Crime Library: Criminal Minds and Methods

"The Company" Drug Smuggling Ring

A Series of Unexpected Events

On November 21, 1978, U.S. Attorney James Kerr, the lead prosecutor investigating the Chagra network was shot at but not hit while he sat in his car in San Antonia, Texas. One month later, Lee Chagra was gunned down in his office. Then in May 1979 U.S. District Judge John Wood Jr., "known as 'Maximum John' for his tough sentences, was shot behind his San Antonio home" on the same day Jimmy Chagra was set to go on trial before Wood on drug charges, Torsten Ove reported for the Pittsburgh Post-Gazette. Judge Wood was "the first federal judge to be assassinated in this century," Denton wrote. More murders would follow, according to Denton, including a mobster blown up in his car and a witness found "strangled and dumped in a swamp." The high profile attacks "ratcheted up the pressure," Dunne reported, and focused unwanted attention on "The Company," threatening their business and their lives.

Thornton had had it. He didn't want anything more to do with the Chagra organization, fearing that involvement with it would lead to the downfall of "The Company." Yet, Bryant strongly disagreed. He not only wanted to continue a business relationship with the organization but also intended to head their entire South American operation, trading weapons for cocaine. Bryant and Thornton's differences drove a wedge between them, leading to the breakup of "The Company."

Bryant continued with business as usual but not for long. In January 1980, a maid at a Philadelphia hotel informed her manager that she smelled marijuana in one of the hotel rooms. The police were contacted, and when they entered the room they quickly realized that they had stumbled upon a much bigger drug bust then they had initially expected. Inside the room, which was registered to Bryant, they found "a ledger with a list of names and phone numbers, a telephone scrambling device, $25,000 in cash, semi-automatic weapons and a lease to a warehouse in Lexington," Dunne reported. It was clear that the police had hit the mother lode. Soon-thereafter, Bryant was tracked to a Philadelphia airport and arrested.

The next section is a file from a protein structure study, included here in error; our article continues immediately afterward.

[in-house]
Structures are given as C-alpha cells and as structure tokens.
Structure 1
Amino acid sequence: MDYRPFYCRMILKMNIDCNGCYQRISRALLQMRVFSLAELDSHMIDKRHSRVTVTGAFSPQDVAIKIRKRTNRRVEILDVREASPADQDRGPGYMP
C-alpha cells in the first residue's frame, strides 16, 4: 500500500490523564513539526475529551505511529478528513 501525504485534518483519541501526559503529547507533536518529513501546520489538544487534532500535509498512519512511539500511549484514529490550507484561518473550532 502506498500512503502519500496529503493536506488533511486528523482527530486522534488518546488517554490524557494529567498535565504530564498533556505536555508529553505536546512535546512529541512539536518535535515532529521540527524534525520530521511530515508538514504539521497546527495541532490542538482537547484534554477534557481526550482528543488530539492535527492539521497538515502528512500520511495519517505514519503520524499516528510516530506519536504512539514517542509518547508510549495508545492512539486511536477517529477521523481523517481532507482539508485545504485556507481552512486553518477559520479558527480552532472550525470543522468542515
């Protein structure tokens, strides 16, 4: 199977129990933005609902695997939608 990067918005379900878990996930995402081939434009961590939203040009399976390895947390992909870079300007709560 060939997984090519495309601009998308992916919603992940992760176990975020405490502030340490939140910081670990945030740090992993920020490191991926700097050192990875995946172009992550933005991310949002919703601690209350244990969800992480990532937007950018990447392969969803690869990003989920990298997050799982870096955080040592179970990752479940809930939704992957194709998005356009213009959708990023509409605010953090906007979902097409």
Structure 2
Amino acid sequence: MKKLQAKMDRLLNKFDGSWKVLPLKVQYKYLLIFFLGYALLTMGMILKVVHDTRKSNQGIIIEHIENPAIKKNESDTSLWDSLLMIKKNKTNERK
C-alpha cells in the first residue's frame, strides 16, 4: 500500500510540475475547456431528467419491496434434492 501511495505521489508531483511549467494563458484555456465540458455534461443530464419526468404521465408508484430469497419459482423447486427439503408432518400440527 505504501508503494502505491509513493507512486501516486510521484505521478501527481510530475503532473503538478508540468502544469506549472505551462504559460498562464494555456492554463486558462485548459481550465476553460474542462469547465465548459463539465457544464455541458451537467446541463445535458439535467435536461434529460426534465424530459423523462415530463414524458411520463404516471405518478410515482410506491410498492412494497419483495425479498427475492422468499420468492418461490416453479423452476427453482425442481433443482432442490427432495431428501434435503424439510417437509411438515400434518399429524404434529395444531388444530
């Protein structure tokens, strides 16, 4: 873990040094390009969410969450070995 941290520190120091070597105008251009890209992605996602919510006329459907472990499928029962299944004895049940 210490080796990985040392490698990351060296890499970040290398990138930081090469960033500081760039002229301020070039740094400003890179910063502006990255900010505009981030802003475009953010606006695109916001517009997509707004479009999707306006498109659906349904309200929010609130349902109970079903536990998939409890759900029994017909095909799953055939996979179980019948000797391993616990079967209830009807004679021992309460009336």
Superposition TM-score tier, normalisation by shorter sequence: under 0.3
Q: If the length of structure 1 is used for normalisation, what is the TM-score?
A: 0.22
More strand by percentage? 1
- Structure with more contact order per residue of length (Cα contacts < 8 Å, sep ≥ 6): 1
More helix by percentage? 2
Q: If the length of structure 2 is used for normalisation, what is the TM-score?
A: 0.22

In the interim, the police investigated the warehouse that was also in Bryant's name. Inside they found even more incriminating evidence, including $250,000 worth of weapons, ammunition and a night vision scope, equipment that Bryant's cousin had stolen for him from the China Lake Naval Air Weapons Station in California. Bryant was charged with unregistered weapons possession and released on bond until his trial in 1980. It seemed as if there was no escape for Bryant, with so much evidence leveled against him. However, to the shock of many in the community, including the judge, he was acquitted. Bryant's luck was unbelievable, but it wouldn't last.


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